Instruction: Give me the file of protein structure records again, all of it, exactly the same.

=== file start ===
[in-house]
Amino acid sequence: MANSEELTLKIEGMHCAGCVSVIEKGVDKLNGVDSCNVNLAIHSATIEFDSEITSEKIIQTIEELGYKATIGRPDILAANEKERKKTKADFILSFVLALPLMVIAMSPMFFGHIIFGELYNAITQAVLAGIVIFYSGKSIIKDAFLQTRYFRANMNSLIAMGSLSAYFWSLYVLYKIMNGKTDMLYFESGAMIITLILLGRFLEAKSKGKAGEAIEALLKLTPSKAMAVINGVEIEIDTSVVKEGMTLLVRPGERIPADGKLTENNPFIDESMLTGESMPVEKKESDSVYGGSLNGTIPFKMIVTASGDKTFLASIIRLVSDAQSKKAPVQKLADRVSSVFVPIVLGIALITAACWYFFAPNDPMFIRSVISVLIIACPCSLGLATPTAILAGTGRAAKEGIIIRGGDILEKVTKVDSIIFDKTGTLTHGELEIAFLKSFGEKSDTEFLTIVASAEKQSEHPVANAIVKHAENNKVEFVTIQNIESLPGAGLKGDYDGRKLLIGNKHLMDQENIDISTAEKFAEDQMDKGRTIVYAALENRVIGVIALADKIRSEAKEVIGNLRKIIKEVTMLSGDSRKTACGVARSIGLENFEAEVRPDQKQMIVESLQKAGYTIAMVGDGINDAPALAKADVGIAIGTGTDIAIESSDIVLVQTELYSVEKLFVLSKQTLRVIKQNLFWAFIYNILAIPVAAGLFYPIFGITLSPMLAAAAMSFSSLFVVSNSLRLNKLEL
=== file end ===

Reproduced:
[in-house]
Amino acid sequence: MANSEELTLKIEGMHCAGCVSVIEKGVDKLNGVDSCNVNLAIHSATIEFDSEITSEKIIQTIEELGYKATIGRPDILAANEKERKKTKADFILSFVLALPLMVIAMSPMFFGHIIFGELYNAITQAVLAGIVIFYSGKSIIKDAFLQTRYFRANMNSLIAMGSLSAYFWSLYVLYKIMNGKTDMLYFESGAMIITLILLGRFLEAKSKGKAGEAIEALLKLTPSKAMAVINGVEIEIDTSVVKEGMTLLVRPGERIPADGKLTENNPFIDESMLTGESMPVEKKESDSVYGGSLNGTIPFKMIVTASGDKTFLASIIRLVSDAQSKKAPVQKLADRVSSVFVPIVLGIALITAACWYFFAPNDPMFIRSVISVLIIACPCSLGLATPTAILAGTGRAAKEGIIIRGGDILEKVTKVDSIIFDKTGTLTHGELEIAFLKSFGEKSDTEFLTIVASAEKQSEHPVANAIVKHAENNKVEFVTIQNIESLPGAGLKGDYDGRKLLIGNKHLMDQENIDISTAEKFAEDQMDKGRTIVYAALENRVIGVIALADKIRSEAKEVIGNLRKIIKEVTMLSGDSRKTACGVARSIGLENFEAEVRPDQKQMIVESLQKAGYTIAMVGDGINDAPALAKADVGIAIGTGTDIAIESSDIVLVQTELYSVEKLFVLSKQTLRVIKQNLFWAFIYNILAIPVAAGLFYPIFGITLSPMLAAAAMSFSSLFVVSNSLRLNKLEL